People living in western Scotland were woken by shaking walls and swaying lights after an earthquake shook the region in the early hours of Tuesday.

A quake with a magnitude of 3.1 occurred just before 2am with its epicentre some 11 miles north-west of the town of Lochgilphead, 88 miles north-west of Glasgow, the United States Geological Survey (USGS) said.

It is believed the quake struck in the Sound of Jura, and occurred 10km below the earth's surface.

There were no reports of damage or injuries from the quake, which would have been strong enough to shake windows and pictures on walls. 

One local said: "Nothing like an earthquake to jolt you up. That's the biggest one I've felt. Whole house shook."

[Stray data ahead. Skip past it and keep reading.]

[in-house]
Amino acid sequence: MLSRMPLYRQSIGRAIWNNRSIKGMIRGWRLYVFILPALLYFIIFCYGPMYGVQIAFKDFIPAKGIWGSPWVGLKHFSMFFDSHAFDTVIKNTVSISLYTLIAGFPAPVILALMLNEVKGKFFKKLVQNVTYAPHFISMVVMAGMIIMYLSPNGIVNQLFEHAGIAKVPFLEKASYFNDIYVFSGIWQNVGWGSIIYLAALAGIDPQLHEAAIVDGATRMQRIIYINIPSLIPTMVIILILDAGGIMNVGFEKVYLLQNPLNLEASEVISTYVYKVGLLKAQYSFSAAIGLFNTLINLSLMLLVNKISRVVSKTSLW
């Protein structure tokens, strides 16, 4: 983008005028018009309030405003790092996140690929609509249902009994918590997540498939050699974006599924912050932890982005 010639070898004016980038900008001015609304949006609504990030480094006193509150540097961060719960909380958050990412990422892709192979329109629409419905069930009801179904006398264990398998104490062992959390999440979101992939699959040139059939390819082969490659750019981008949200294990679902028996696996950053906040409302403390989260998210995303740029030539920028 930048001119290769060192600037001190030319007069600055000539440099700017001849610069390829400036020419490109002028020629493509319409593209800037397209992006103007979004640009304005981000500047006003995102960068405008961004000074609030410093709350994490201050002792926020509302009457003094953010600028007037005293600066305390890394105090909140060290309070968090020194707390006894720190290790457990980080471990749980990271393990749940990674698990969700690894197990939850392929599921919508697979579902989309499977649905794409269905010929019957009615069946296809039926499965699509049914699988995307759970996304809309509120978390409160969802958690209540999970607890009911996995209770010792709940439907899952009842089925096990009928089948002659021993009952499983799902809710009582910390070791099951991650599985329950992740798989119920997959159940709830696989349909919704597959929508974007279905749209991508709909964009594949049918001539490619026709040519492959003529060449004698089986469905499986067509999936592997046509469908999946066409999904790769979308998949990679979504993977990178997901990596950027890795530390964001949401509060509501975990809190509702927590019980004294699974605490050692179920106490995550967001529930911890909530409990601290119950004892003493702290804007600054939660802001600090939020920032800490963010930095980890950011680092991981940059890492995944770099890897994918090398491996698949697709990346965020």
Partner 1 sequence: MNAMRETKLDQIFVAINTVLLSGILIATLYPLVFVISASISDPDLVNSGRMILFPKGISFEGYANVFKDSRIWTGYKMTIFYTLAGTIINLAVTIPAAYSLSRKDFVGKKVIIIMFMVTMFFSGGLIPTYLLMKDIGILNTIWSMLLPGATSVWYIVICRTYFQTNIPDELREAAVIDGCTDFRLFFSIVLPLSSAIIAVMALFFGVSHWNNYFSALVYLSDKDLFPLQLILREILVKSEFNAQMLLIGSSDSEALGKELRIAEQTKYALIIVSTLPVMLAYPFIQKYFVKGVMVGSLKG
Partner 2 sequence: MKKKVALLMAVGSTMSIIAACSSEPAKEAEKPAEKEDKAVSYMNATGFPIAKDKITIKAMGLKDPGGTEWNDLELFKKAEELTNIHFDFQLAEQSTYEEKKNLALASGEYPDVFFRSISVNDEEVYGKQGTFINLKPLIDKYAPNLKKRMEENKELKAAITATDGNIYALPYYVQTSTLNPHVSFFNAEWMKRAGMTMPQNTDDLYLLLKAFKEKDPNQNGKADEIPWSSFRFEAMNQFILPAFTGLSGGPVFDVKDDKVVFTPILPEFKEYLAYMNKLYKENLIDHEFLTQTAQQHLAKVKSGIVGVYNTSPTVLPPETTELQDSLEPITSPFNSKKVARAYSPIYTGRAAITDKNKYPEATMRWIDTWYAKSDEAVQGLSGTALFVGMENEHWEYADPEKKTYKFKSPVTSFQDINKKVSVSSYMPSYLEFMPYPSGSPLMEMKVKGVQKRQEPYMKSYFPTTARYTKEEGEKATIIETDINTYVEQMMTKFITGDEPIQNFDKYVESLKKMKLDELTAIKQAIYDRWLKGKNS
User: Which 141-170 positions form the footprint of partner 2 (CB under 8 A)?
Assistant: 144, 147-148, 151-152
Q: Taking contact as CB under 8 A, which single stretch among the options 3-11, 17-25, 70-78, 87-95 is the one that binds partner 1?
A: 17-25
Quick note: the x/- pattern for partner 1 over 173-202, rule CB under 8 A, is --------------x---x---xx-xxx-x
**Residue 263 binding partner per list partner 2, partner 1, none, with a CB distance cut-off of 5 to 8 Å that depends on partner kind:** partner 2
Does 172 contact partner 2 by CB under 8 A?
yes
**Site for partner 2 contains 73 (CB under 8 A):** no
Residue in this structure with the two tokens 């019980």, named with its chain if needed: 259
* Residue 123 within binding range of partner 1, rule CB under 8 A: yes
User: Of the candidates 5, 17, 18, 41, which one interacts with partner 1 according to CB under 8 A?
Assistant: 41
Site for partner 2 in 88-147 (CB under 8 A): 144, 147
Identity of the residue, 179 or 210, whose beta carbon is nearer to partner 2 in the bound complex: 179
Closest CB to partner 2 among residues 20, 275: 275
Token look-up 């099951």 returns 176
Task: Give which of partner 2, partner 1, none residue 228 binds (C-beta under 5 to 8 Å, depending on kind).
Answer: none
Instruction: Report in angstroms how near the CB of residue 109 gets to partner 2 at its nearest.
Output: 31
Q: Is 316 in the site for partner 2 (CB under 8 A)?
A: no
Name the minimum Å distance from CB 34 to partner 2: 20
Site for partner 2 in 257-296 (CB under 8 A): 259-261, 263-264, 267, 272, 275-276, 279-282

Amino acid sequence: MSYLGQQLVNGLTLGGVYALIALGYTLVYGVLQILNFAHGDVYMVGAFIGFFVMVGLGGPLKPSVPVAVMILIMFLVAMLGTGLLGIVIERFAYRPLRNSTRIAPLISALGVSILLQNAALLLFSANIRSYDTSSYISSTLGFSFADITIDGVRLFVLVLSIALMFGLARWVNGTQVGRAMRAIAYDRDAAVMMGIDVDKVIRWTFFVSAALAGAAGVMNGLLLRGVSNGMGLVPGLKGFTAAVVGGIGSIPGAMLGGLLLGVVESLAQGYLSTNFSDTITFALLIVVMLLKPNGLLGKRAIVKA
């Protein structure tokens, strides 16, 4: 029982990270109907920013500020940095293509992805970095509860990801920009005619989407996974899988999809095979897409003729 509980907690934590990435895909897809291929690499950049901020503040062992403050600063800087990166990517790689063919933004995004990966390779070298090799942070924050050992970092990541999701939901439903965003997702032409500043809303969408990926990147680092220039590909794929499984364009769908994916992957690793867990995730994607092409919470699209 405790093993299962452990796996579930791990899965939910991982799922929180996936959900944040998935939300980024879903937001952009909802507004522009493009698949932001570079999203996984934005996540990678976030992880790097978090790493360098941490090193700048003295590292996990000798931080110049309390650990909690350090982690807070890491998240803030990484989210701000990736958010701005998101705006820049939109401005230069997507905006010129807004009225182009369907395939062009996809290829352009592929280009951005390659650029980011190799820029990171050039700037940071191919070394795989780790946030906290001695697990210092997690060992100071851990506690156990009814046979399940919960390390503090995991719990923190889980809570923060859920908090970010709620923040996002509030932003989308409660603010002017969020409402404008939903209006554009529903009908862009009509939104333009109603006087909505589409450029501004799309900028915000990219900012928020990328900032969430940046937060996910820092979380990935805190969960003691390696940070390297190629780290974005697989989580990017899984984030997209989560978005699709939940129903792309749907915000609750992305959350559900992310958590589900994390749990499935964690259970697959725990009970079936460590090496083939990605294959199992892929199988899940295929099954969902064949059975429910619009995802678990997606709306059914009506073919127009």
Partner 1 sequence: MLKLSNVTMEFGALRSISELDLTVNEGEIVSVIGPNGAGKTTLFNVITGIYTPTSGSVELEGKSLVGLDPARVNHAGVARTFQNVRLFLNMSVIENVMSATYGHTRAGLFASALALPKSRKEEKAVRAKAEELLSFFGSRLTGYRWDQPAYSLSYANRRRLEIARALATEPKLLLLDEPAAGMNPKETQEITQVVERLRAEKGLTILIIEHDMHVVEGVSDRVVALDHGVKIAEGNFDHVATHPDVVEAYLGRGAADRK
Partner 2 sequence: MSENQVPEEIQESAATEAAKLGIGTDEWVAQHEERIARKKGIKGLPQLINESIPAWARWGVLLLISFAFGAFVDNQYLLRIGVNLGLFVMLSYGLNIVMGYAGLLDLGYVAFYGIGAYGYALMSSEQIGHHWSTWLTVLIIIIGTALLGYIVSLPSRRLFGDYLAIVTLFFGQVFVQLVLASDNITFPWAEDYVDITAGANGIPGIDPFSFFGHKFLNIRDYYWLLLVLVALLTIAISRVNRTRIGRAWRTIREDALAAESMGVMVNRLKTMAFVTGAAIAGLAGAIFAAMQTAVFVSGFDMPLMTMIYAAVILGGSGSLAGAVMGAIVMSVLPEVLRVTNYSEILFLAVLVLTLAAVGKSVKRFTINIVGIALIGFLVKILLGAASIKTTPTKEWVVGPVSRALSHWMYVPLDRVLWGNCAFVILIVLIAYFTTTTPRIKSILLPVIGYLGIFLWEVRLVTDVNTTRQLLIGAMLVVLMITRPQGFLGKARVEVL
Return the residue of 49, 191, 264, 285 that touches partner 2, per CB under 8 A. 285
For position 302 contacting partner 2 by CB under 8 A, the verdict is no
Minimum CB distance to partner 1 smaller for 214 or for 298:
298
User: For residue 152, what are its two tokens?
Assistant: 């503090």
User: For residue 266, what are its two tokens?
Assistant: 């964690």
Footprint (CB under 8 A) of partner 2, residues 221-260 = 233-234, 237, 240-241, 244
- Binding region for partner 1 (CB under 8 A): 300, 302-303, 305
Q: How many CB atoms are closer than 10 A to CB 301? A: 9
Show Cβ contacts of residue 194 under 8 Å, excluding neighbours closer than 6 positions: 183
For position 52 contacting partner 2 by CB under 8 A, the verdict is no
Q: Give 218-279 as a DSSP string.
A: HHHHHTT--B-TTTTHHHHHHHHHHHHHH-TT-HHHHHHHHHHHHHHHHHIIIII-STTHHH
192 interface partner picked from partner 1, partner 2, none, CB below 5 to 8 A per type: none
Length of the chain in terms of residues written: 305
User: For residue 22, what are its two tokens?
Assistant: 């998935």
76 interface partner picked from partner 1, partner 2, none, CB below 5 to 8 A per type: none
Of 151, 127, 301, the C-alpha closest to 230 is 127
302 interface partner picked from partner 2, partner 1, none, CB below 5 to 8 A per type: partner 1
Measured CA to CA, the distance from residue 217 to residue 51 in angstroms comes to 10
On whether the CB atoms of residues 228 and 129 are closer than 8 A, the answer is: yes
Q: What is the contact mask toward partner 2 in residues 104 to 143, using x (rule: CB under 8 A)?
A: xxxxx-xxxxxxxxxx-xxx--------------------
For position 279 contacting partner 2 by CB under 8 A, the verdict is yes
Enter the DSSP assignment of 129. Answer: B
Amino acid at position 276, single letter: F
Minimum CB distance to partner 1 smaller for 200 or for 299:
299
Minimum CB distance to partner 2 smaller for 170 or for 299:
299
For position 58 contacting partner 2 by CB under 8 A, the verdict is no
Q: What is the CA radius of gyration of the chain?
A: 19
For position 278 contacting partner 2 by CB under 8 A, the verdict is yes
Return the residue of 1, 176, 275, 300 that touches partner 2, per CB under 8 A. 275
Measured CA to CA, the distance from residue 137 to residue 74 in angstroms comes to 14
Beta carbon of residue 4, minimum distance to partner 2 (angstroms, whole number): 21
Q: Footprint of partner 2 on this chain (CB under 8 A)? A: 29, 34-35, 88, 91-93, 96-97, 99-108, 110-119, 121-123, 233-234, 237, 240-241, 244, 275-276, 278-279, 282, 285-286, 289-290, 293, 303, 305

They added: "I'm in Tarbert Argyll. I've never felt one that big, everything in my room shook."

Someone else wrote: "Argyll earthquake was around 7km from Lochgilphead and felt widely across Argyllshire."


The quake was centred on the Lochgilphead area 

More than 30 people reported to the USGS that they had felt the tremor, with reports coming from as far as Edinburgh and Ballycastle in Northern Ireland.

The agency said the quake happened 10km below the Earth’s surface.

Data from the British Geological Survey shows between 200 and 300 earthquakes are detected in the UK every year, with tremors of between 3.0 and 3.9 magnitude occurring on the mainland once every three years on average.

Police Scotland said they “received a report of a possible explosion and the ground shaking” in the village of Tarbert at around 2am.

A spokeswoman added: “Following inquiries it was confirmed an earthquake had taken place in the Lochilphead area.

“There are no reports of any damage to properties or utilities.”